On another topic, I’m having some trouble with my lowbie mage. My main 60 mage runs Pyromancer for DPS, as does pretty much everyone else in the game, because it’s the de facto "top DPS" spec. But I wanted to do something different with my lowbie mage – I wanted to explore some of the other souls that I haven’t used much before. Namely Stormcaller, Warlock, and Dominator. As far as I can tell, Dominator still has no usefulness outside of PvP, so that one’s out. That leaves Stormcaller and Warlock, and personally I’d rather work with Stormcaller just because it’s the more obscure of the two.

So far, though, neither Warlock nor Stormcaller seems like much competition with Pyro, based on the anecdotal DPS meter readouts I’ve seen. Granted I haven’t really had a chance to do a fair comparison yet. Next time I think I’m going to try a Stormcaller/Elementalist build with an Air Elemental pet to increase single-target damage.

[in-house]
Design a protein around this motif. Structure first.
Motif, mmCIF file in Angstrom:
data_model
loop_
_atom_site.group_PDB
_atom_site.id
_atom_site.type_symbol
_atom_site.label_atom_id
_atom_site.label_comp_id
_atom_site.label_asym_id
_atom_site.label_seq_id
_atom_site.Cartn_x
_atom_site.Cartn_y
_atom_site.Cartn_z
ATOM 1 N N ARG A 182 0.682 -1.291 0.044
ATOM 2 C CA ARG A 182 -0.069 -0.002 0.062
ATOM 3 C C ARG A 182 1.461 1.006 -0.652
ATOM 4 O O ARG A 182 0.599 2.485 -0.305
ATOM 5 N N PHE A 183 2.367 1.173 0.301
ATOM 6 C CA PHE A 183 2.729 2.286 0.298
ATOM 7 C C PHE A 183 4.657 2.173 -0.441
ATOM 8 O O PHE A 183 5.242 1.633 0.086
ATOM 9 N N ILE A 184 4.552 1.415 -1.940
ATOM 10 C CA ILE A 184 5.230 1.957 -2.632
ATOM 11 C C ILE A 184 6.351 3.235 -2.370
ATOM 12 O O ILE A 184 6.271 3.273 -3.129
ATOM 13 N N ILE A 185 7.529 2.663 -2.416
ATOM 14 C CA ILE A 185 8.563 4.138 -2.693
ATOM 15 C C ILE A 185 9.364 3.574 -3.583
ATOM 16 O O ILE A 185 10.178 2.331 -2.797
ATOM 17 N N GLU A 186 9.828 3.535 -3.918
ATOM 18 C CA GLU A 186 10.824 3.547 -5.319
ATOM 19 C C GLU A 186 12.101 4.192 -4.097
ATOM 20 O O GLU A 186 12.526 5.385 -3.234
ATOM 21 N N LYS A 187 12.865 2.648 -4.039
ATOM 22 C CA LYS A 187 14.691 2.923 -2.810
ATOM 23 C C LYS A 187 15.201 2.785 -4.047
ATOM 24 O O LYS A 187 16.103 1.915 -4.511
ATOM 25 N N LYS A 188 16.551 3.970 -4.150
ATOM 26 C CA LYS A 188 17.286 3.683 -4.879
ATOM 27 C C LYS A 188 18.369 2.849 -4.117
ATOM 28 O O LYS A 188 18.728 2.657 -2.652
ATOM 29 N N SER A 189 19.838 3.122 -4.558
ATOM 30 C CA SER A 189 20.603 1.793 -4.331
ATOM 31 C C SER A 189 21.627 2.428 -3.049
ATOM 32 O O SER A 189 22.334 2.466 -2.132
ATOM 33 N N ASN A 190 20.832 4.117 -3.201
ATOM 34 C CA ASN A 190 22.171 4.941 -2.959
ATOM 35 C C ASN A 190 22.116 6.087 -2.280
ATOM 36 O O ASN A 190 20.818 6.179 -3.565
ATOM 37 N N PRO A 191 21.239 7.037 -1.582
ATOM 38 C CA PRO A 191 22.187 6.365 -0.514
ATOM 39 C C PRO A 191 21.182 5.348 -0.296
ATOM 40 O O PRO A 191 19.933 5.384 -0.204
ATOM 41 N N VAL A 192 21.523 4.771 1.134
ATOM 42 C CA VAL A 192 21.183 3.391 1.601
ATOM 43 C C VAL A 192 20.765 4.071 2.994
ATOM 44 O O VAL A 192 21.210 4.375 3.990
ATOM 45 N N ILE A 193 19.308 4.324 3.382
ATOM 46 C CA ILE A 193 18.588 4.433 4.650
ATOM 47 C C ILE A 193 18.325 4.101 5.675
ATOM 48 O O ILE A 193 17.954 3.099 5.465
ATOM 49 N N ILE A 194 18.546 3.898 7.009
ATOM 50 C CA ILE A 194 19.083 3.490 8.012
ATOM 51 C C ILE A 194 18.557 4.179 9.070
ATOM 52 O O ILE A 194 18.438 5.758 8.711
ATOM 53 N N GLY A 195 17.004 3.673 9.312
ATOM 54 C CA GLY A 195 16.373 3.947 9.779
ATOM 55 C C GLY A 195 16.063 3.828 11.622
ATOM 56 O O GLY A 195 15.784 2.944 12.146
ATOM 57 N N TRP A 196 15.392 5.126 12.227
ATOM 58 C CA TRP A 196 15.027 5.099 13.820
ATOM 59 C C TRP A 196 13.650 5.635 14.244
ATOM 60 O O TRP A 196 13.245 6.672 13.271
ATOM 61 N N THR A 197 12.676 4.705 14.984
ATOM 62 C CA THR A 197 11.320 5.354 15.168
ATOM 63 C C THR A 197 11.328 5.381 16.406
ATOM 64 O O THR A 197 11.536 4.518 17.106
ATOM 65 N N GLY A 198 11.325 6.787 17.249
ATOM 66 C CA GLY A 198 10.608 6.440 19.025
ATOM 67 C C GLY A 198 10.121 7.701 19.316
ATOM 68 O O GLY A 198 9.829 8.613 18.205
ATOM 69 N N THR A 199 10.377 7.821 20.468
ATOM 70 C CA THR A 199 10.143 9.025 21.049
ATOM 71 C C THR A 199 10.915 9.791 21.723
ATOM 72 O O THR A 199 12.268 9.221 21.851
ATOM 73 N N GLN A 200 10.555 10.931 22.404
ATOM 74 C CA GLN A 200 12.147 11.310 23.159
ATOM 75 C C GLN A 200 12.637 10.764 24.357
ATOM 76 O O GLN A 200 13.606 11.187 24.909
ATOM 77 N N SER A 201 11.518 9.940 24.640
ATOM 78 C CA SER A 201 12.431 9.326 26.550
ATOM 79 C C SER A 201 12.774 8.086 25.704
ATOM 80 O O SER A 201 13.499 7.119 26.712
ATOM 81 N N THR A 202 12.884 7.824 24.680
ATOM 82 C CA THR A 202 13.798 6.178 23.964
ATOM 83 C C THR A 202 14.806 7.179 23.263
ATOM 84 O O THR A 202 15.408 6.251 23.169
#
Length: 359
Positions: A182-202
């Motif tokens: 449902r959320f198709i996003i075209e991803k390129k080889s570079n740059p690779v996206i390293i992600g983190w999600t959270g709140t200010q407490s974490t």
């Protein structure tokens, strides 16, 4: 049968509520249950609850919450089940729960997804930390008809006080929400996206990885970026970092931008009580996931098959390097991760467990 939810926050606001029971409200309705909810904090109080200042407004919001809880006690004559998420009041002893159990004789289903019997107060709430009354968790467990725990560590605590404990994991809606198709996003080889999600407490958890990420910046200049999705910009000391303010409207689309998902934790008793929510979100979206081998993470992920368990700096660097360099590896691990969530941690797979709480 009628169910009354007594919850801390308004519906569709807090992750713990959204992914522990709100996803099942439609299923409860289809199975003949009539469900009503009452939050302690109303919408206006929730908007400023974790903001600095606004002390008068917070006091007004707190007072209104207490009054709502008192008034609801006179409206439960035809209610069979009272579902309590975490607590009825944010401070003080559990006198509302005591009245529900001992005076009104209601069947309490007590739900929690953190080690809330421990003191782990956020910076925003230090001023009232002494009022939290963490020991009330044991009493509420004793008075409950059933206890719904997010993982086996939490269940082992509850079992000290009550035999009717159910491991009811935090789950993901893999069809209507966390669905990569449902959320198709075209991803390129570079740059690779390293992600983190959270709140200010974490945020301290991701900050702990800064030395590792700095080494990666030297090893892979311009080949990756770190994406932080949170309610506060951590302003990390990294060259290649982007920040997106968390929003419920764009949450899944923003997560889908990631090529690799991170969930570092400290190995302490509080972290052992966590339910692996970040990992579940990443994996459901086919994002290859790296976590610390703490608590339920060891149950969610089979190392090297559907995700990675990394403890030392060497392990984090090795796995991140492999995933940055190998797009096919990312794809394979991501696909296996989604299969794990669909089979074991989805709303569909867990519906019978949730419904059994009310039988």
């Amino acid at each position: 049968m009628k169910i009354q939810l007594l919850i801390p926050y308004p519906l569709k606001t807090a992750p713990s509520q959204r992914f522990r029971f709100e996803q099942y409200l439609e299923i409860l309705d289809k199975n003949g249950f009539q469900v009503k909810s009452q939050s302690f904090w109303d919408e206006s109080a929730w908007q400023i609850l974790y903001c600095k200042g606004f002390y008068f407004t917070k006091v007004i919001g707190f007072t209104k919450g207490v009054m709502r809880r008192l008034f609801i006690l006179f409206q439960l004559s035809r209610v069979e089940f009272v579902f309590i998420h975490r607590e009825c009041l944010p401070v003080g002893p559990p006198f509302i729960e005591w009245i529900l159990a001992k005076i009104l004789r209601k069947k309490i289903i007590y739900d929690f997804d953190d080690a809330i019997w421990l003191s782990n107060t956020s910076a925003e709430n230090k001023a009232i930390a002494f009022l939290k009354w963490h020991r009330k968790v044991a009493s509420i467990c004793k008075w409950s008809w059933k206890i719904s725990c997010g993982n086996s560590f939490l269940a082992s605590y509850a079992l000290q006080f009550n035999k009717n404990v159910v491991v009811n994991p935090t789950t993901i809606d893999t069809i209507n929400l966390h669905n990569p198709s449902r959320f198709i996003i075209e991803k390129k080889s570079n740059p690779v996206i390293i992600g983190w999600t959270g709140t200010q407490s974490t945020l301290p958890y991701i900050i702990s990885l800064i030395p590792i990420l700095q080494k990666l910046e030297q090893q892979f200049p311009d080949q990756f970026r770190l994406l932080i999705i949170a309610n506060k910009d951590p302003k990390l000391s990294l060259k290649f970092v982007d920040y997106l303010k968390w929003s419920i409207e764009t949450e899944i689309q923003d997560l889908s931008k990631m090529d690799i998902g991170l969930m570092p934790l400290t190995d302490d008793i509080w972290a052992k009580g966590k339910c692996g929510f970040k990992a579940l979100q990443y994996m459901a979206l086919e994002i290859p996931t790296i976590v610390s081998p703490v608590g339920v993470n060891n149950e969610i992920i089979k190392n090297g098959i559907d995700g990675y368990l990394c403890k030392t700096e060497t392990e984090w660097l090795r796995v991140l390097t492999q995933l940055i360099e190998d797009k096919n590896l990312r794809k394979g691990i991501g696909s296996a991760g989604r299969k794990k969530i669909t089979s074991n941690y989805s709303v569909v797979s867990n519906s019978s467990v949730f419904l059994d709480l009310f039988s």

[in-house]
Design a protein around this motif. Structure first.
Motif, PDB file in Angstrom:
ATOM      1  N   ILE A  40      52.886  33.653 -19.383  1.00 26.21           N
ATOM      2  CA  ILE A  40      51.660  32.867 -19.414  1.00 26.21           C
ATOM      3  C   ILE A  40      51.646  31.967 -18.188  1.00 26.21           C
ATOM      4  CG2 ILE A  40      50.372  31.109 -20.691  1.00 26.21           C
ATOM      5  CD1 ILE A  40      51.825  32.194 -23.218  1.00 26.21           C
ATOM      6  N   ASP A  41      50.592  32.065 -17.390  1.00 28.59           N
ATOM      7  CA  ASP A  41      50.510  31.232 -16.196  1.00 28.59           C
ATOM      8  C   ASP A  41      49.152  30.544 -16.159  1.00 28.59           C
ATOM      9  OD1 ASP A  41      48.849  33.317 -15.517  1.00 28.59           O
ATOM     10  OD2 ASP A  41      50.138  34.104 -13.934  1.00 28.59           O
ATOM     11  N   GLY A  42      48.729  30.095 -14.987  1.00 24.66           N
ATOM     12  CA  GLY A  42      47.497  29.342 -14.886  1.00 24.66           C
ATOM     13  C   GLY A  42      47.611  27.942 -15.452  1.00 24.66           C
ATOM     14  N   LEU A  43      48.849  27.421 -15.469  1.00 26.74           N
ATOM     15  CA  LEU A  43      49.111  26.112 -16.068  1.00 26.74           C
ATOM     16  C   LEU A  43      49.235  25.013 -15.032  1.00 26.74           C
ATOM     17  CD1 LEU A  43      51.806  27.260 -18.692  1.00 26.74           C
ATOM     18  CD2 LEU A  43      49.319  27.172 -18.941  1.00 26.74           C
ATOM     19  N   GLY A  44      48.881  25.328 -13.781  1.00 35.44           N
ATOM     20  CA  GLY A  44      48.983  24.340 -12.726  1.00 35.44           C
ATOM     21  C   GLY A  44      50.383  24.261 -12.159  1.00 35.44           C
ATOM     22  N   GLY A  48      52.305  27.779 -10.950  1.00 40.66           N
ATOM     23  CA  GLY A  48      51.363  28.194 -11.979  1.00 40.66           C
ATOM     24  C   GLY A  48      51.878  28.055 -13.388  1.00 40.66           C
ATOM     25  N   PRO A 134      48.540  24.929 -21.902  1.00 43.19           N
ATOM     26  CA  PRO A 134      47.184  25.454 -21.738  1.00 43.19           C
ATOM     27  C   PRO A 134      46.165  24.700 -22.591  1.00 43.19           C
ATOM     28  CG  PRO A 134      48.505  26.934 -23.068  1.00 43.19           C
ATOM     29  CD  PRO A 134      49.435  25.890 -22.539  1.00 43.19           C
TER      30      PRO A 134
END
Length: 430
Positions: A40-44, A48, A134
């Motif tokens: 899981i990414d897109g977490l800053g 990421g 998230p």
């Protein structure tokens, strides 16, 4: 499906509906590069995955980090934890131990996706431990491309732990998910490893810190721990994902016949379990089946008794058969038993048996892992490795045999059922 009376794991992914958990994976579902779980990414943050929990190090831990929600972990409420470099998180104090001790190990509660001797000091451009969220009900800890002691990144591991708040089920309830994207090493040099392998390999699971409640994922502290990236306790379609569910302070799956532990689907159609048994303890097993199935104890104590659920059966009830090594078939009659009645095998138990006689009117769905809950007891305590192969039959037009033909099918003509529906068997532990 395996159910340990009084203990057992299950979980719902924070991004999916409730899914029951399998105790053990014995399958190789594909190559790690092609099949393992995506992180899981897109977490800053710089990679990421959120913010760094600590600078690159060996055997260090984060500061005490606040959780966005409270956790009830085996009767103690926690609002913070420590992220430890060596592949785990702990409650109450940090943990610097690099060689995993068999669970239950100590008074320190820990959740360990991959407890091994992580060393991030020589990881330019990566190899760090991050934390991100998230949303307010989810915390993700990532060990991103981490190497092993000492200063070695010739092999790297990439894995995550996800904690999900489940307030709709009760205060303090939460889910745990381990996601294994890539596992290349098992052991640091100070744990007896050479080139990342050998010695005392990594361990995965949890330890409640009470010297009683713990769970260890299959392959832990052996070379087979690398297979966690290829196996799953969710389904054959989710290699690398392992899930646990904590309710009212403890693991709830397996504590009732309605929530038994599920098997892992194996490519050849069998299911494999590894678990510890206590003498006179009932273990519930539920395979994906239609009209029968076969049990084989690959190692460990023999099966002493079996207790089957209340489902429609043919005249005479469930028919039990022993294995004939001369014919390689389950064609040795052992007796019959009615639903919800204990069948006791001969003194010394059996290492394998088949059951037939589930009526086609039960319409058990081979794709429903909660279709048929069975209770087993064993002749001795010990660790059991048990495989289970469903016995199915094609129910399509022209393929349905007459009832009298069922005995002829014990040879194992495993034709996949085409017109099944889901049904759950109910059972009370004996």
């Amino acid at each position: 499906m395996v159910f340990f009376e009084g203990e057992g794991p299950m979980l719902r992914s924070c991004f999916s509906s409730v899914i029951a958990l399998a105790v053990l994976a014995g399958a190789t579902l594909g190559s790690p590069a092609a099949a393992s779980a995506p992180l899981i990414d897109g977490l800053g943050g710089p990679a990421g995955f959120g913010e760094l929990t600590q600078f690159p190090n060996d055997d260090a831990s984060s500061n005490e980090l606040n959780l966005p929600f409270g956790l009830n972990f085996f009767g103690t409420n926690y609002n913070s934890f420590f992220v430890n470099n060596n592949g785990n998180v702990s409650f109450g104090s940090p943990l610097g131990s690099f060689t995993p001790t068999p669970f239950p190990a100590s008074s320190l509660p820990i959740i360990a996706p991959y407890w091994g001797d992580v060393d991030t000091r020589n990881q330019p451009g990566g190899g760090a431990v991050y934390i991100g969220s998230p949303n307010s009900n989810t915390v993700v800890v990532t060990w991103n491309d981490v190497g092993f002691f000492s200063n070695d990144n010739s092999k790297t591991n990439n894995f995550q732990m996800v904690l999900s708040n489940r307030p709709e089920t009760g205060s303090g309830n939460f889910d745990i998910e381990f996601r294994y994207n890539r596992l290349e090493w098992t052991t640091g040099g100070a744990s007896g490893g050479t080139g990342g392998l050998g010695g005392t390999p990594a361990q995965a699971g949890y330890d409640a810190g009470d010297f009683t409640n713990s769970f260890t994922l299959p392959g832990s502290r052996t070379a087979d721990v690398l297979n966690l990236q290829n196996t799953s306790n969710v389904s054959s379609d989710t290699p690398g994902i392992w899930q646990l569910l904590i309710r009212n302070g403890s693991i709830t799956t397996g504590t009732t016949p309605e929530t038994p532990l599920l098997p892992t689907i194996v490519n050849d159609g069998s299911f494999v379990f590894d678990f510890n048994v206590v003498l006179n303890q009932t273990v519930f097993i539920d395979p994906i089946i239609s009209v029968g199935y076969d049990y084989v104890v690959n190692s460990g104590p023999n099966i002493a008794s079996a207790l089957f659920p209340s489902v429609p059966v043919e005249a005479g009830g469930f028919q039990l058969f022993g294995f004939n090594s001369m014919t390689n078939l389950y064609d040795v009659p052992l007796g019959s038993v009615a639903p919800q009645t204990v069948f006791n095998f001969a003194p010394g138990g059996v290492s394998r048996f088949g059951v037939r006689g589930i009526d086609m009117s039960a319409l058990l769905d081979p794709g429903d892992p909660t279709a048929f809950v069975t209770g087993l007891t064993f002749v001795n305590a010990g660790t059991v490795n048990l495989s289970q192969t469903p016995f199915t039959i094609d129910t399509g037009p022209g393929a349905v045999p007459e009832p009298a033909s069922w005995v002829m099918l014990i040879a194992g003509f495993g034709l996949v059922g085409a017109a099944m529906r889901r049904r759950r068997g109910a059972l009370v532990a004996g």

Newbies in the Lowbie Dungeons

I spent most of the holiday weekend queuing for lowbie dungeons with my new collection of lowbie Defiants.

I’ve realized that I don’t like tanking with a warrior … dealing with the builder/finisher mechanic interferes with focusing on the tanking. Maybe I just need to forget about finishers. Anyway I generally prefer the cleric tank, where you don’t have to really do anything but spam the AoE attack. (I say that knowing full well that you almost never see cleric tanks in raids or expert dungeons. I wouldn’t ever want to be a raid tank anyway.)

Having done RotF and IT now with four different characters in many different roles, I’ve noticed an interesting pattern with the people you see in these first dungeons: A lot of them don’t know what they’re doing. :) This is contrary to what I would have expected, which is that everyone knows these dungeons by heart and speed runs through them.